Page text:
Paul was not a simplistic preacher with a one note repertoire. He brought to bear some formidable knowledge of the Scriptures, and he was not afraid to teach it when necessary.

And here’s the thing. The Gospel is the culmination of the Hebrew Scriptures, and without them, it is not much of anything. While the Gospel of Luke certainly frames Jesus as the Messiah of all mankind and leans heavily on pagan culture, he cannot separate Jesus from the context in which He lived or the Scriptures which He fulfilled. Even Luke must place Jesus in context with the Hebrew Scriptures.

So a supposed Bible teacher who does not dive headfirst into the Hebrew Scriptures and saturate himself with the supranarrative will teach a shallow Jesus.

If you ask me for advice about pastoring, I will tell you that you must know the Bible. You must immerse yourself in it and have the intestinal fortitude and spiritual integrity to allow it to change you. The Revealed Scriptures must have your absolute, undying devotion. You must be willing to allow the Spirit of God to discipline, chasten, correct and encourage you. You must never have an opinion that cannot be altered by a deeper understanding of the Word of God.

You should bow to the ground before the authority of the Scriptures. They must be your schoolmaster and you must ever be their servant. You must be conformed by the written Word in order to be conformed to the image of the Living Word.

Acquire knowledge of history and language so you can understand the Scriptures. Read them in translation. Read them in the original languages. Read them silently and aloud. Teach them constantly and receive teaching from them. Heed the wisdom of those who have spent their lives immersed in them and reject those who handle them lightly.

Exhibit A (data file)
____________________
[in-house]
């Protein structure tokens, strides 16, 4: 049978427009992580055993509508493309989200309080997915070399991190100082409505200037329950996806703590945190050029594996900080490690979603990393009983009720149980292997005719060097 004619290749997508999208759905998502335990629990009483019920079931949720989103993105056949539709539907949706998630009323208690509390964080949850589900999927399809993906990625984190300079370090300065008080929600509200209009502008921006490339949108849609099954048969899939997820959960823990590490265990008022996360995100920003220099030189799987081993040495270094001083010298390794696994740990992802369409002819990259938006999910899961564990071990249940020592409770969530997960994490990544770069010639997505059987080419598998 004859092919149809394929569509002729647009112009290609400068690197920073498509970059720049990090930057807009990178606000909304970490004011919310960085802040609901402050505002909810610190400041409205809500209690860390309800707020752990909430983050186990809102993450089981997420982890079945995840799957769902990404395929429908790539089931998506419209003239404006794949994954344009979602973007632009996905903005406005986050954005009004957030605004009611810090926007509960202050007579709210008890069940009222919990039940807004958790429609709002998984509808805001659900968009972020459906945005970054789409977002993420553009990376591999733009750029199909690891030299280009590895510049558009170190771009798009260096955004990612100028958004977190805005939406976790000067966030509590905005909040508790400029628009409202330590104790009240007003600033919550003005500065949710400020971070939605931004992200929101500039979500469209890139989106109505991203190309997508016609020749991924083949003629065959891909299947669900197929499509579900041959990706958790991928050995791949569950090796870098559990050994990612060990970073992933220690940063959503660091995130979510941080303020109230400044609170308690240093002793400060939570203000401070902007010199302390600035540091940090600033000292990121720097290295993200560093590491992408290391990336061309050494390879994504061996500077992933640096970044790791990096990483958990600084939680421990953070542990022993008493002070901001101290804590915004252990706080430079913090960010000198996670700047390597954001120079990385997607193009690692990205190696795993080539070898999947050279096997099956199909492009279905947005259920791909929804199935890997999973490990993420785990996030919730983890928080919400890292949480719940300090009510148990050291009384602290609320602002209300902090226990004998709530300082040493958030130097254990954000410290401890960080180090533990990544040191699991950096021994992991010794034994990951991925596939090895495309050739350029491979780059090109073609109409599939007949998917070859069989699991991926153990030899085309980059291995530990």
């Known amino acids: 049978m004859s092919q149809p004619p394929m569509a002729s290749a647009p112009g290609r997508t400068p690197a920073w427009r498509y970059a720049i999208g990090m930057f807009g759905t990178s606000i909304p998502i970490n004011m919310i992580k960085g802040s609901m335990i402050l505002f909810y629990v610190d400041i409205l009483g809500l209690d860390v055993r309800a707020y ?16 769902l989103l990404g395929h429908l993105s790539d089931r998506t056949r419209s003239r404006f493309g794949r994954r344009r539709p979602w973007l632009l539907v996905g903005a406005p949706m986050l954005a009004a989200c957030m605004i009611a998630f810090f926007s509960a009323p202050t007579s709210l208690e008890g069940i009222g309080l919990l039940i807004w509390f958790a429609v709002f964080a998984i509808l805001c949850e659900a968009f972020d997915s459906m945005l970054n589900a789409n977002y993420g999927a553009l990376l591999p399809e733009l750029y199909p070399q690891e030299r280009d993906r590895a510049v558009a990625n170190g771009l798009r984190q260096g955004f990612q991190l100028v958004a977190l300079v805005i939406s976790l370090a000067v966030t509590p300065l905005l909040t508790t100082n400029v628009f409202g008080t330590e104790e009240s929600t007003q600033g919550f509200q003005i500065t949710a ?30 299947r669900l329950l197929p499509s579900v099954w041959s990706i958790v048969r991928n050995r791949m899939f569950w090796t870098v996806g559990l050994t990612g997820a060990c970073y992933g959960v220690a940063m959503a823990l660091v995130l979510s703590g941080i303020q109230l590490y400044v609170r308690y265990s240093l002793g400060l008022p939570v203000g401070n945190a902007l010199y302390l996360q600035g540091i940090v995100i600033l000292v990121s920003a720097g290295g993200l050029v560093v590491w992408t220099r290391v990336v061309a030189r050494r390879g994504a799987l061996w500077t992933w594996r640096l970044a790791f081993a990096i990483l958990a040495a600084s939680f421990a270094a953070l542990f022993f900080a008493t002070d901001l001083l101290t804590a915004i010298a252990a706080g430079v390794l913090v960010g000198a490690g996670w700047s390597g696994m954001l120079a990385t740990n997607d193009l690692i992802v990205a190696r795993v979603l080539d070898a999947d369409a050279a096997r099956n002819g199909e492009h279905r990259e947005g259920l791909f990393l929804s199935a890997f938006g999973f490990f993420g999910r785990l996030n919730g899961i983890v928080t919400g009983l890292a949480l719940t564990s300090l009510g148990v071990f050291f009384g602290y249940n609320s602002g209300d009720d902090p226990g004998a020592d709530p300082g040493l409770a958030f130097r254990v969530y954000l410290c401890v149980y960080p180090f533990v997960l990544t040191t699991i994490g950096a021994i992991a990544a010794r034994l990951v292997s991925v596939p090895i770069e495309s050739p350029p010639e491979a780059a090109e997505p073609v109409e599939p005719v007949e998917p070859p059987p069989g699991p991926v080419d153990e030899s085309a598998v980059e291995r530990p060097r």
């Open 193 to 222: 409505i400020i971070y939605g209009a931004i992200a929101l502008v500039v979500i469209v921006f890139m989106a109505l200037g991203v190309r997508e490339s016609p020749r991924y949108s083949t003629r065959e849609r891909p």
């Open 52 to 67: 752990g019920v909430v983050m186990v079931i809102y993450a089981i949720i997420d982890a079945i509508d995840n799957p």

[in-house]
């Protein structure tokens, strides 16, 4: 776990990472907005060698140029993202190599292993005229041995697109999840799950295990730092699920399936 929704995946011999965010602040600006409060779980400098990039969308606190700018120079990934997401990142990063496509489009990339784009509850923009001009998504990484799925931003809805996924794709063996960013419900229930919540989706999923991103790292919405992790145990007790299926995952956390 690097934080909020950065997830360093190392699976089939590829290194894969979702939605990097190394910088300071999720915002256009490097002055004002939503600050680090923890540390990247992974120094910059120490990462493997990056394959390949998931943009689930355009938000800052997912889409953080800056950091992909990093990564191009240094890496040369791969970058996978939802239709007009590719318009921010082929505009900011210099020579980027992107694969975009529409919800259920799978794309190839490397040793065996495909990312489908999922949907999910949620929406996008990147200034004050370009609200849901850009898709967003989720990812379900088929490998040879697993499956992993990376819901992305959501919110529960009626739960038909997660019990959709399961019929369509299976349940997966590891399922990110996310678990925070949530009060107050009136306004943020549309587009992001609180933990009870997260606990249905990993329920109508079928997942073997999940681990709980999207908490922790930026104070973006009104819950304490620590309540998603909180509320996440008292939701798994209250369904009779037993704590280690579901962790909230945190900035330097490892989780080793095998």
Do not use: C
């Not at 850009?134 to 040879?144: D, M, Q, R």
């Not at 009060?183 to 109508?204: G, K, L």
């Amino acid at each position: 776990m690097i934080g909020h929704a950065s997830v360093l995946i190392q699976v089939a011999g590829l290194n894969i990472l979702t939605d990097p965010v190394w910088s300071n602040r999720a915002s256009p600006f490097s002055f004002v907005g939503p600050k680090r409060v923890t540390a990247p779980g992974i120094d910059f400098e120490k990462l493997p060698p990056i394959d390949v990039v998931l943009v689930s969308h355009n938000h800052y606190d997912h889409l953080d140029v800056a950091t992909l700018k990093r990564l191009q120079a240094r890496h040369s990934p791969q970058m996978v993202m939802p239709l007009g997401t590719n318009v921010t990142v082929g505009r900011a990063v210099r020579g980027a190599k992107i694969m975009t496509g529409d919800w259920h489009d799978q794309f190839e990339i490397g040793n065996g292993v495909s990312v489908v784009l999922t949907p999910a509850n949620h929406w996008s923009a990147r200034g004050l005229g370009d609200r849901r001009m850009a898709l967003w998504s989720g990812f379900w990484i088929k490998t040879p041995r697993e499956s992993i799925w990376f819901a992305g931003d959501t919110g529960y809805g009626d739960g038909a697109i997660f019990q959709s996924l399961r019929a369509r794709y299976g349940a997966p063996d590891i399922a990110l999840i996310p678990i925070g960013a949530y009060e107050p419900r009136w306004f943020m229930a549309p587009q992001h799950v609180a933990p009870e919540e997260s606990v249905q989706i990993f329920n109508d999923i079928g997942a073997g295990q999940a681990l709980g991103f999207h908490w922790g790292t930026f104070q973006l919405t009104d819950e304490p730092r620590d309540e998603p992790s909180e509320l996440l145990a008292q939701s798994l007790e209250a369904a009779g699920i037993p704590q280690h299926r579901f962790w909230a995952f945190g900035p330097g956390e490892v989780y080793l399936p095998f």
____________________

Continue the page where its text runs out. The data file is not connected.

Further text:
The older I get the more I realize the foolishness of my youth – pursuing trends and methodologies under the mistaken belief that those things would “build” the church.  I have little patience for people who tell me they are too busy to “be deep.”

Get out of the ministry if you don’t have a passion for the beauty of the Scriptures. You are supposed to be ministering the Scriptures to people, not feel good sentiments and leadership strategies.

Preach Jesus. Yes! But preach Him from a place of deep, growing commitment to the Scriptures that reveal Him. Otherwise, you will preach a Jesus conformed to your image rather than being conformed to His.

Some Background on Gedara and the Windstorm

Jesus’ encounter with the demonic forces on the Lake Gennesaret (Sea of Galilee) occurs as he is trying to get to the region of Gedara. The name of the city itself means “border country” and it is essentially the eastern edge of Jewish influence.

Beyond Gedara was the Decapolis, an entirely new municipality founded by the Greek rulers who followed Alexander the Great and then rebuilt and expanded by Pompey, the Roman consul. The Decapolis had no historical precedence, and as such was not tied to the ancient traditions of the region.

No self-respecting Jew or Galilean went to the Decapolis even though it bordered Galilee to the east and the north. It was a wholly Greek region and therefore, in the minds of Jews and Galileans alike, was a pagan place. They welcomed the Romans and as a result, the Empire invested heavily in the development of the region. Throughout the Decapolis, local deities had been fused with the Greek pantheon and even the Roman reverence of the emperor as a god.

Invading the Pagan Stronghold

According to Luke, Jesus sailed for the Decapolis. He was intentionally headed for enemy territory.